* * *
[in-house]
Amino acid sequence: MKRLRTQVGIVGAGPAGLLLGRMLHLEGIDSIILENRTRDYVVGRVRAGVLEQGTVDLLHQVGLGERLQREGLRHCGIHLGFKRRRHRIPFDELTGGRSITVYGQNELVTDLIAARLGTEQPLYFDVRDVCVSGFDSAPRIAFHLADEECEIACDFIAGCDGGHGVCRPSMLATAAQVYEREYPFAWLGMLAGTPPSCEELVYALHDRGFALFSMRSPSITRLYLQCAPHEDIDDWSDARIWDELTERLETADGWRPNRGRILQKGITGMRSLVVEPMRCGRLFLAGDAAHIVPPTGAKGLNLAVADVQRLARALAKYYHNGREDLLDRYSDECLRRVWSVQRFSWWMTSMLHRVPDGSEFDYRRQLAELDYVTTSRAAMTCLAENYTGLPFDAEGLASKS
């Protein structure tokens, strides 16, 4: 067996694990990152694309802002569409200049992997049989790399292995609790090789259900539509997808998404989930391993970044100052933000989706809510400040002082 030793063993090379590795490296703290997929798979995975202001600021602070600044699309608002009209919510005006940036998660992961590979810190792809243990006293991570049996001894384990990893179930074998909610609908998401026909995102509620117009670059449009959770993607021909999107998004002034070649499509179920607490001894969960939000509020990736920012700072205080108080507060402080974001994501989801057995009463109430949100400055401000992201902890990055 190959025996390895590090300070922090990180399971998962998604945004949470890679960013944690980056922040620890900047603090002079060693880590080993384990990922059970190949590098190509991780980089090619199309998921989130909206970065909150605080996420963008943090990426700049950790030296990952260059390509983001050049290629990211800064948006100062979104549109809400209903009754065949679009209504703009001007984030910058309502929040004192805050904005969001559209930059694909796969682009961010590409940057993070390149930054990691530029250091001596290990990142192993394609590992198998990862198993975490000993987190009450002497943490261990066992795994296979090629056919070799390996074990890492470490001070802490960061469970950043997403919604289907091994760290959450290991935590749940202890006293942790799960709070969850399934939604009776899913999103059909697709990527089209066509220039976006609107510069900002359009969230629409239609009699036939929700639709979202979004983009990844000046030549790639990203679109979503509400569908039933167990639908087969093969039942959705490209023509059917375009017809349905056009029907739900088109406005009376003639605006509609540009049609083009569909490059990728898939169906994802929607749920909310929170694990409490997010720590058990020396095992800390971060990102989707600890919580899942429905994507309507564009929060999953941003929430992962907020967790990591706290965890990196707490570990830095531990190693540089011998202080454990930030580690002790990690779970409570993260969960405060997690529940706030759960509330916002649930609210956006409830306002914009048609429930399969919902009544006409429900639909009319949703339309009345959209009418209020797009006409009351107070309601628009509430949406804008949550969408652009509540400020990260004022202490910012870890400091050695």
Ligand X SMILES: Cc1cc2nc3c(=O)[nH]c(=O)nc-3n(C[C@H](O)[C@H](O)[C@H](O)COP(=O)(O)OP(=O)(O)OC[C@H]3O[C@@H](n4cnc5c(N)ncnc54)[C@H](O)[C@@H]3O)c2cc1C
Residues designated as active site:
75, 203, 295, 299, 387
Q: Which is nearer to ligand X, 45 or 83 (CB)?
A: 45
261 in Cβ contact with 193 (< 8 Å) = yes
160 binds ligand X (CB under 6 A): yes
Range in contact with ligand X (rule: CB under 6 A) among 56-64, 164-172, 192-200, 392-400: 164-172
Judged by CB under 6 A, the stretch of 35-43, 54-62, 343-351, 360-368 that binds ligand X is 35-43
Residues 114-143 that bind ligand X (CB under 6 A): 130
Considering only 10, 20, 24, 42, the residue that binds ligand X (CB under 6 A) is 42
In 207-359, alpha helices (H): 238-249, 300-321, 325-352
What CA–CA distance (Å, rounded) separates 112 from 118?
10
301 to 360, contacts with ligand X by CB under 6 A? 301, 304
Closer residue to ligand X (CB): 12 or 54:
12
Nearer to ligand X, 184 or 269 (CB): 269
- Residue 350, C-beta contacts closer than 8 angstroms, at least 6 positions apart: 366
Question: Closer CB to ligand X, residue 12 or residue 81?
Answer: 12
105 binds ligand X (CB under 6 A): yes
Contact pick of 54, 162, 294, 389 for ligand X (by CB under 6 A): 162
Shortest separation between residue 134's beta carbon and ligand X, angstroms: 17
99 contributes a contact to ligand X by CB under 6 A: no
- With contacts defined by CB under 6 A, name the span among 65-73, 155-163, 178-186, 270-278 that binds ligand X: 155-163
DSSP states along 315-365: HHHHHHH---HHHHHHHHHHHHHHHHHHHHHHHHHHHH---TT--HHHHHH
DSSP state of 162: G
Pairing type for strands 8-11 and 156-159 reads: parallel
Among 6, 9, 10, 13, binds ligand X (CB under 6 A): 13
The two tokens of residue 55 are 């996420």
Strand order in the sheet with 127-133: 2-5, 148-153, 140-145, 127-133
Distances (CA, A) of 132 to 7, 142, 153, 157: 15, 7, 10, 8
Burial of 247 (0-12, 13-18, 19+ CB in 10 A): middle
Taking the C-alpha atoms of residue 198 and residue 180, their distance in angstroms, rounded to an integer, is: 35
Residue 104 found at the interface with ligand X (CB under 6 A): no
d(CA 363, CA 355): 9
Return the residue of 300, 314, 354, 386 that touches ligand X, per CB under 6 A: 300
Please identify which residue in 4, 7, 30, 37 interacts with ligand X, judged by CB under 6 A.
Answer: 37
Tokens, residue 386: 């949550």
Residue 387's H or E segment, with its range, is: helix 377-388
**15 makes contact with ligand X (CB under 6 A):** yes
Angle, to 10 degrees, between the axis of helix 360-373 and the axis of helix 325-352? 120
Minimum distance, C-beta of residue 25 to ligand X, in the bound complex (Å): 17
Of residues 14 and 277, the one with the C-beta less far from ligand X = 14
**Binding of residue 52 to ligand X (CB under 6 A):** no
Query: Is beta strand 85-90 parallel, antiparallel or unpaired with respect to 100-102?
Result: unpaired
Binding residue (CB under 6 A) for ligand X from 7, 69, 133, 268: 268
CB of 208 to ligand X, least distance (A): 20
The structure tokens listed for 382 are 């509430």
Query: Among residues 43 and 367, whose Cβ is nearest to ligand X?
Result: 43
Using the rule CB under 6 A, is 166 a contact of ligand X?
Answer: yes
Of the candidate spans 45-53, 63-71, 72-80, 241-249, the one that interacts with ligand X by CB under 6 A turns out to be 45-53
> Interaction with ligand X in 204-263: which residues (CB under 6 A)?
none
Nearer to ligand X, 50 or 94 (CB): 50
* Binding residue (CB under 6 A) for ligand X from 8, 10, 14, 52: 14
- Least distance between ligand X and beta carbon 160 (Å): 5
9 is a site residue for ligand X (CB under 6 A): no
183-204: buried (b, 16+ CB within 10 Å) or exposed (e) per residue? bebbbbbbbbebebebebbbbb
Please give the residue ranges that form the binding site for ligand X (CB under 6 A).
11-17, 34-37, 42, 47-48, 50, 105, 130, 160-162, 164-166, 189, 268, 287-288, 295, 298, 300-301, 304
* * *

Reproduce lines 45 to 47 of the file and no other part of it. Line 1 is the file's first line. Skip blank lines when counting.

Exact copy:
Residue 387's H or E segment, with its range, is: helix 377-388
**15 makes contact with ligand X (CB under 6 A):** yes
Angle, to 10 degrees, between the axis of helix 360-373 and the axis of helix 325-352? 120